ROBINSON, Ill. (WTHI) – Lincoln Trail Community College prides itself on being one of the best.
“We’re still hitting our learning outcomes, we’re still growing, we’re the number two ranked community college in the state of Illinois,” said President Ryan Gower.
The success doesn’t come without challenges. Gower says they’re doing all they can even with little help from the state and its lack of budget.
“Demoralizing is one of the words and it’s frustrating that we’ve got this gridlock that’s happening in Springfield,” he said, “I think right-minded people can look and say it doesn’t matter what side of the aisle you sit on, there’s blame to be shared everywhere. I think we just want it to get fixed.”
For institutions like Lincoln Trail, Gower says they relied heavily on state aid.
“If you look and you go back five years ago, state aid was the biggest portion of our budget,” he said, “and what’s happening right now is we’re getting about 26 percent of the money that the state owes us every year, and if you look at the percentage of state aid it has continued to decrease and that really only leaves one other option and that means the percentage of the students that are shouldering themselves is increasing.”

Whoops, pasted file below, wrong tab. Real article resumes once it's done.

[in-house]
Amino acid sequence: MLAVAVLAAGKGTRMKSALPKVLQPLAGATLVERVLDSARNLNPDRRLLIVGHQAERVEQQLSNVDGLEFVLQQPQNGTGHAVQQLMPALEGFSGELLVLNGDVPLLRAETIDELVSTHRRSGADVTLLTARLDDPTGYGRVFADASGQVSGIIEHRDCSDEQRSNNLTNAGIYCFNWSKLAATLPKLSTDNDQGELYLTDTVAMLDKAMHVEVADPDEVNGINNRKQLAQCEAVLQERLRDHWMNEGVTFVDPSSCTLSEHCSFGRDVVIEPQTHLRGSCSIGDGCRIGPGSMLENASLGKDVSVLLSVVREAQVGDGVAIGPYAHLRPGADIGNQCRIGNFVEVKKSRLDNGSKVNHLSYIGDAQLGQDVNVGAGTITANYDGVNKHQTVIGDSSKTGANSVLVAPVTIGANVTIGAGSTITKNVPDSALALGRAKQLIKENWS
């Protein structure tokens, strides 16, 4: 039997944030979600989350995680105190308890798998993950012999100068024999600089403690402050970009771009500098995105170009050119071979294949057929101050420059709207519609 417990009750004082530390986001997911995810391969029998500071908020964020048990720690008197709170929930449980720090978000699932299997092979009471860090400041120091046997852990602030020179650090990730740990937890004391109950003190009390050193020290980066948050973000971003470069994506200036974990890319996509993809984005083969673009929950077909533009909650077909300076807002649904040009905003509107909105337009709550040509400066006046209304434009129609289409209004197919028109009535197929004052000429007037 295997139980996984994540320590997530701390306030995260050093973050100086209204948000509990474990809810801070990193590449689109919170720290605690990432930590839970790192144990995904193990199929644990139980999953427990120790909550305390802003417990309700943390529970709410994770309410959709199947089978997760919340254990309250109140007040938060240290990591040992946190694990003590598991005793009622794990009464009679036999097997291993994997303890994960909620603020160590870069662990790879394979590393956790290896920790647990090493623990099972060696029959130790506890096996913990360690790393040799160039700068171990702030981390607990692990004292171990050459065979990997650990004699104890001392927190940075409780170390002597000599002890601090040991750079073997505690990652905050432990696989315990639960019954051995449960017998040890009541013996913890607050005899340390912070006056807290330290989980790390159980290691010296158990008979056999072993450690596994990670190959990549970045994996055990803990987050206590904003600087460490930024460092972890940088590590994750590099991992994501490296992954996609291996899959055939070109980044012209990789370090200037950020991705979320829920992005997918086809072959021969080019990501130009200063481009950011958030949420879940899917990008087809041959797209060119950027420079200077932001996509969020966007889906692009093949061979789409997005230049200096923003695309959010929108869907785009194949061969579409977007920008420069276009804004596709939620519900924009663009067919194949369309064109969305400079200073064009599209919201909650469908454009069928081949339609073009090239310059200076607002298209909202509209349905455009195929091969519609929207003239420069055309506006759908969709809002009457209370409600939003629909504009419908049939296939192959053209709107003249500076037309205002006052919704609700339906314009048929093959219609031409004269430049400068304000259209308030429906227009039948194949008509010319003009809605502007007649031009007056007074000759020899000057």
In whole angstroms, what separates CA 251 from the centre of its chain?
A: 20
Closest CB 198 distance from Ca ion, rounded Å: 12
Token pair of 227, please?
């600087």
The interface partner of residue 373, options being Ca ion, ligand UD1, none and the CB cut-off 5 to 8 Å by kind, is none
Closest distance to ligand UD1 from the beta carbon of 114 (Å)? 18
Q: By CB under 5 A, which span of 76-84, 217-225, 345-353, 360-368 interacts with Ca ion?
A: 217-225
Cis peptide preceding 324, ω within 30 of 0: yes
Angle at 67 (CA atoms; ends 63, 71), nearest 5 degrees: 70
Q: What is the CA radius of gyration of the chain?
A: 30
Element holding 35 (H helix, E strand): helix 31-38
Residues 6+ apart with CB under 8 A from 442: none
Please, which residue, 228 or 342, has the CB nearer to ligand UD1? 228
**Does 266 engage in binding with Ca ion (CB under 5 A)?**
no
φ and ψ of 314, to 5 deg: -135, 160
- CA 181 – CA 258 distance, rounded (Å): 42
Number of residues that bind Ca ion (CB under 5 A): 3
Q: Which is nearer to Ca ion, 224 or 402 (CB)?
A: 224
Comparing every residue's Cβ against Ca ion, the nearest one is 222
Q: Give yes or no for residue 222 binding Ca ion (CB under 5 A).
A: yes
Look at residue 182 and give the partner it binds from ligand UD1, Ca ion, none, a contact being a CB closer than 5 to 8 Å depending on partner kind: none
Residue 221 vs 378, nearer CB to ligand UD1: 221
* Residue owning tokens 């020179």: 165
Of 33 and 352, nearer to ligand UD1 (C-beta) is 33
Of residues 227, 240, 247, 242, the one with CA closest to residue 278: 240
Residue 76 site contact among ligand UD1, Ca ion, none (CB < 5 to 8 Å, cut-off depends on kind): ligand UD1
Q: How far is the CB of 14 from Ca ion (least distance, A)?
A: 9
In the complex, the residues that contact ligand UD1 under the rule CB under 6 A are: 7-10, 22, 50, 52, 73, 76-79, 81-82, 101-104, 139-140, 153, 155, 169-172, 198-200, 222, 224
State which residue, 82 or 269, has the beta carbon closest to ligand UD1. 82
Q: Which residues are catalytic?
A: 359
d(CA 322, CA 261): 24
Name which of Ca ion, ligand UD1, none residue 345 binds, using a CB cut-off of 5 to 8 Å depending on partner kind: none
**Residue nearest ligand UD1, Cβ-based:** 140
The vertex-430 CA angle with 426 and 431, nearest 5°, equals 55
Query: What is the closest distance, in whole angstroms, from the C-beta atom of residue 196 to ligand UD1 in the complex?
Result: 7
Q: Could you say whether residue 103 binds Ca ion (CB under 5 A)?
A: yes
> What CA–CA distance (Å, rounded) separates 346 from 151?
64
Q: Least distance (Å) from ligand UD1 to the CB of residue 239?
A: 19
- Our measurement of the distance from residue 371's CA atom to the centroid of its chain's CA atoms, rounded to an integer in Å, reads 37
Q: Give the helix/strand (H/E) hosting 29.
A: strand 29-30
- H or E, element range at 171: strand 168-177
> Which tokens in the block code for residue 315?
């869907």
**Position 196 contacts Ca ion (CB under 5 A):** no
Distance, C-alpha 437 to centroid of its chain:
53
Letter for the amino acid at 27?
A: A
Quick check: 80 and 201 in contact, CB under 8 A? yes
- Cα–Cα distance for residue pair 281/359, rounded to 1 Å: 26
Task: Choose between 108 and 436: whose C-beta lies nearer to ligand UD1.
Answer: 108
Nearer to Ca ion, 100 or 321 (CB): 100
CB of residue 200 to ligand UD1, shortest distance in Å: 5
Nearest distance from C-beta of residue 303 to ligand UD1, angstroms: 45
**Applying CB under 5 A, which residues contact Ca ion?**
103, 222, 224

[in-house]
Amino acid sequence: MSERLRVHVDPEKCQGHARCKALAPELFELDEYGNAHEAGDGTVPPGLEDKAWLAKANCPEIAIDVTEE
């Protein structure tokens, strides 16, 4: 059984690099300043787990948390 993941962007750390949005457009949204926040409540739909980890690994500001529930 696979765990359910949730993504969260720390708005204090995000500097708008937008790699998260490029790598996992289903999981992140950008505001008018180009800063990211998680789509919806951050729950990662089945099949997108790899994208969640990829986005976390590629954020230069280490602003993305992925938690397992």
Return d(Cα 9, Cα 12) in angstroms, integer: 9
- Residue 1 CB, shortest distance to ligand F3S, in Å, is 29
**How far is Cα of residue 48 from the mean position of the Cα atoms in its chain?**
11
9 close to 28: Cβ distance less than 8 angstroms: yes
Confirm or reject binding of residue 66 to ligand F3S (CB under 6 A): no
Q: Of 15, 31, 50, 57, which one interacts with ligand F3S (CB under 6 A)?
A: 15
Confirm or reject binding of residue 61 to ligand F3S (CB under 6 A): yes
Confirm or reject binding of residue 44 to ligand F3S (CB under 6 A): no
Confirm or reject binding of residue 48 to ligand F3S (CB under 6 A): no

It’s what Gower calls the perfect storm. With finances tightening in the state, he says there’s also a decline in the student population.
“We can either sit back and manage the decline or we can grow,” Gower said, “and at Lincoln Trail, we’re trying to go for aggressive growth.”
Despite the circumstances, Gower says they’ll manage to avoid raising tuition for next year. They haven’t closed any programs, instead, they’re trying to find ways to add more.
“We’ve got a program in sport management that we’re launching in the fall,” he said, “That’s also a program we know there’s a lot of community interest in, does not require a lot of startup dollars. We’ve also got a certificate in health and wellness that we’ll be starting in the fall.”
The college is also interested in adding an HVAC program (Heating, Ventilation, Air Conditioning Technology).
“We know there’s a community interest, there’s a need for it,” he said, “There’s large startup funds that are required to start that program. Due to the lack of budget, we just don’t have the money to start a program like that.”
It’s a tough time for the state of Illinois, but Gower is accepting the challenge and turning it into opportunity.
“Circumstances like this force you to look inward, to reevaluate who you are, what we do and I think the school is going to be stronger at the end of this than we were going in,” he said.